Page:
Pueblo to Pueblo: The Legacy of Southwest Indian Pottery

Pot Pot
MARIA MARTINEZ (1887-1980) and
San Ildefonso Pueblo
Jar, 1952
January 24, 2014 – March 23, 2014

Pueblo pottery of the Southwest is one of the most beautiful and enduring artistic traditions in all of Native North America. It is a tradition rich with history- not only as an expression of cultural identity, but also to serve as a reflection of the relationship between Pueblo peoples and the influences from outside their own community. Today, there are about twenty pueblos with a total population in excess of 50,000. It is a practice flexible enough to adapt as necessary over time, while still adhering to established social norms.

Pottery-making in the American Southwest is a tradition that first emerged about two thousand years ago. Historically, it was a functional art form, passed from generation to generation over the span of centuries by people living in permanent villages known as pueblos. The pottery of each pueblo was unique and distinguished by a variety of characteristics, such as the individual clay source and shape of the vessels and designs, or lack thereof, painted onto the surface. By the latter part of the 19th Century, these traditions were well-established; and as more and more people began to travel and move to the Southwest, pottery production was quickly transformed from a functional art form (used primarily within Pueblo communities) to a highly-marketable cultural expression.

Curated by Bill Mercer, this exhibition consists of seventy-four Pueblo Indian pottery vessels and supporting materials, dating from the mid-19th to the mid-20th Centuries, illustrating the remarkable variety of pottery created during that very dynamic time of transformation. Some of the vessels in the exhibition are very conservative and adhere to the traditional style of a particular pueblo, while others incorporate innovations specifically designed for the retail market.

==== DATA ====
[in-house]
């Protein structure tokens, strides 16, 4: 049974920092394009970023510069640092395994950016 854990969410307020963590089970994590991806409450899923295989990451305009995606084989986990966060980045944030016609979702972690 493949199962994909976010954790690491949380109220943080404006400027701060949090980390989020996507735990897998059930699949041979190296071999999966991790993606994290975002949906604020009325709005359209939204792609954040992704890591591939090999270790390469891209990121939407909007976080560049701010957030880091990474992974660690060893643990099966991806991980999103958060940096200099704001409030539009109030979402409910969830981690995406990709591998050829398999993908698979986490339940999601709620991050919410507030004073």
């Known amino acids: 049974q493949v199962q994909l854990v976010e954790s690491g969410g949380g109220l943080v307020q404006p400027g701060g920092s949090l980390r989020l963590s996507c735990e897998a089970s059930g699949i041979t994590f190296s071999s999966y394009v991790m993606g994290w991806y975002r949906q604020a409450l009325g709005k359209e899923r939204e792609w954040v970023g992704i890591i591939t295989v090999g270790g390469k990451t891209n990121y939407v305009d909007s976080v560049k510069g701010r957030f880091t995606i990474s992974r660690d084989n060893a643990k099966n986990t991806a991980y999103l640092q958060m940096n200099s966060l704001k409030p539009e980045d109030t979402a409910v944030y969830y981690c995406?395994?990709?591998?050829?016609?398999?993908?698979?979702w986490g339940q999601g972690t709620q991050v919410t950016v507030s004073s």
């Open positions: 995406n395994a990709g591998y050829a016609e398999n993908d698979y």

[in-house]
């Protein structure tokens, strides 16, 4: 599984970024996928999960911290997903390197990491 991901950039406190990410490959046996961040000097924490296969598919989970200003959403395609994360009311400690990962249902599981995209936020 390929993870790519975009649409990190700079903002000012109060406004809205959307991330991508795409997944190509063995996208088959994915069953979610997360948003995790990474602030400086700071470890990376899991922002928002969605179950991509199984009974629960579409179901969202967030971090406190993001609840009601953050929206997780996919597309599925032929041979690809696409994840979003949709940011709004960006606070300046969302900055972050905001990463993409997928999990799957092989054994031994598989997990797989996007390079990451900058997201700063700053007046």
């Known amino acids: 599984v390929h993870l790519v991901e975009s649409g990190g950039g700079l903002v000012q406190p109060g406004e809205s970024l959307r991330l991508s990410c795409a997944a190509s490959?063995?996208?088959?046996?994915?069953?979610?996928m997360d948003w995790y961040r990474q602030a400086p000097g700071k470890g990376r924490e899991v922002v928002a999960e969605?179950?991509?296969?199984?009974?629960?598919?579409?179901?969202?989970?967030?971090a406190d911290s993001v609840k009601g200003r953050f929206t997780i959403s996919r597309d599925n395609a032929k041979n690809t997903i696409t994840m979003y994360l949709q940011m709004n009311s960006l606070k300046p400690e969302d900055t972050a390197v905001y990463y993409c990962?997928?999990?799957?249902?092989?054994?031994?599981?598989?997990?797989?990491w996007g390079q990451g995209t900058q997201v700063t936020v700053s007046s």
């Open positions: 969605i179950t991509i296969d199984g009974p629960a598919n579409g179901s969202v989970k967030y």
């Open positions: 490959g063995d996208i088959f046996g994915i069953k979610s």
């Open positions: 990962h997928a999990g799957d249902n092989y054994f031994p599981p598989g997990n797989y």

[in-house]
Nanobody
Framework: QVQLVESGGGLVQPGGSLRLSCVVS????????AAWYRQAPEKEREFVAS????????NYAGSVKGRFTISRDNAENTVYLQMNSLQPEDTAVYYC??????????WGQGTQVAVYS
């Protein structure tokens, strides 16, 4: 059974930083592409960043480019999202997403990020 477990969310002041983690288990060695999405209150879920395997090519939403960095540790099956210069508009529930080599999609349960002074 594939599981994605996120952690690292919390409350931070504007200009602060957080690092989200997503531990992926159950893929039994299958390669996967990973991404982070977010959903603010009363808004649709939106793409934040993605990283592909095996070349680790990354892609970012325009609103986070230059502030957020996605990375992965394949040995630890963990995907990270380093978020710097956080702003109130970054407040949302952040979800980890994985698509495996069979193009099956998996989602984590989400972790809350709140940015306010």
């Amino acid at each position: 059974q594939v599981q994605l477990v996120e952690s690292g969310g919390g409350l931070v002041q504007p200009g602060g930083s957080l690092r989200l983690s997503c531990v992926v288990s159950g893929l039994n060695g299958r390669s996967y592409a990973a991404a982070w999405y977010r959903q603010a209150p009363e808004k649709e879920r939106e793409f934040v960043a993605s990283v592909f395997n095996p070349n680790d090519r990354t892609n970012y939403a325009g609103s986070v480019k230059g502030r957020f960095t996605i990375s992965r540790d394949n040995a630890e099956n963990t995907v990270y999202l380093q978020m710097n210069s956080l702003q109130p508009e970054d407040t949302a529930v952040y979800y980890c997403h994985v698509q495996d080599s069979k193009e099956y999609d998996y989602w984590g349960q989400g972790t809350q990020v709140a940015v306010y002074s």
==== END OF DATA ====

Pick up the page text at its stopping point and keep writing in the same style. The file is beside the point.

NAMPEYO (1860-1942) Hopi Pueblo Jar, 1890-1900 pottery

It is also during this time period that certain individuals, such as Nampeyo from Hopi and Maria Martinez from San Ildefonso, became recognized for the quality of their work. The exhibition includes outstanding examples of their work, as well.

Through this exhibition, drawn exclusively from the rich collections of The Kansas City Museum and Union Station in Kansas City, Missouri, visitors will be introduced to the various styles of Pueblo pottery as well as an understanding of the narrative behind its continued development. 

Bill Mercer is a researcher and scholar of Native American art.  With more than twenty years of museum experience he has curated numerous exhibitions, written several exhibition publications and lectured extensively on various topics related to Native American art.  He has spent a great deal of time in the Southwest and has a particular affinity for historic and contemporary Pueblo pottery.


Credit line:

Pueblo to Pueblo: The Legacy of Southwest Indian Pottery
From the collections of The Kansas City Museum & Union Station Kansas City, Inc.
Tour Development by Smith Kramer Traveling Exhibitions, Kansas City, Missouri